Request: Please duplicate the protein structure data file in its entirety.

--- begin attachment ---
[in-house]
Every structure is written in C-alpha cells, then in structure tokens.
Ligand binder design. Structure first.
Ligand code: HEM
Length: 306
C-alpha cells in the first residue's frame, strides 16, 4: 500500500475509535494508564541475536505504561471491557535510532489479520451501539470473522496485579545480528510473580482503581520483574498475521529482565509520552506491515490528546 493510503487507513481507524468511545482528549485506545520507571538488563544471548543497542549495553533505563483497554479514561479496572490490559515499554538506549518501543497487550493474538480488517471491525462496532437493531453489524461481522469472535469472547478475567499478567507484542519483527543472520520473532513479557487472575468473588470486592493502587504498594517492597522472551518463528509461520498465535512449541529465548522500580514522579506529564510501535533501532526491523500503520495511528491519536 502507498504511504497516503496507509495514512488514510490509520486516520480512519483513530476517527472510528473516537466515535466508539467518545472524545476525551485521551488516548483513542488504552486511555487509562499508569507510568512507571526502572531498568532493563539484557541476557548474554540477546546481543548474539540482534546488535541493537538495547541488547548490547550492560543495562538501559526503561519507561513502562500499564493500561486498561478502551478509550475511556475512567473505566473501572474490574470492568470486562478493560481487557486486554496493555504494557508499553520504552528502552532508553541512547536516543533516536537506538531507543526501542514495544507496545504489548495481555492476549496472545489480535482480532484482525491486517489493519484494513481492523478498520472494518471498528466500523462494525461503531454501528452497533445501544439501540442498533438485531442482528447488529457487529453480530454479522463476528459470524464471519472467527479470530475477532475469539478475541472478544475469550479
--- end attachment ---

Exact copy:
[in-house]
Every structure is written in C-alpha cells, then in structure tokens.
Ligand binder design. Structure first.
Ligand code: HEM
Length: 306
C-alpha cells in the first residue's frame, strides 16, 4: 500500500475509535494508564541475536505504561471491557535510532489479520451501539470473522496485579545480528510473580482503581520483574498475521529482565509520552506491515490528546 493510503487507513481507524468511545482528549485506545520507571538488563544471548543497542549495553533505563483497554479514561479496572490490559515499554538506549518501543497487550493474538480488517471491525462496532437493531453489524461481522469472535469472547478475567499478567507484542519483527543472520520473532513479557487472575468473588470486592493502587504498594517492597522472551518463528509461520498465535512449541529465548522500580514522579506529564510501535533501532526491523500503520495511528491519536 502507498504511504497516503496507509495514512488514510490509520486516520480512519483513530476517527472510528473516537466515535466508539467518545472524545476525551485521551488516548483513542488504552486511555487509562499508569507510568512507571526502572531498568532493563539484557541476557548474554540477546546481543548474539540482534546488535541493537538495547541488547548490547550492560543495562538501559526503561519507561513502562500499564493500561486498561478502551478509550475511556475512567473505566473501572474490574470492568470486562478493560481487557486486554496493555504494557508499553520504552528502552532508553541512547536516543533516536537506538531507543526501542514495544507496545504489548495481555492476549496472545489480535482480532484482525491486517489493519484494513481492523478498520472494518471498528466500523462494525461503531454501528452497533445501544439501540442498533438485531442482528447488529457487529453480530454479522463476528459470524464471519472467527479470530475477532475469539478475541472478544475469550479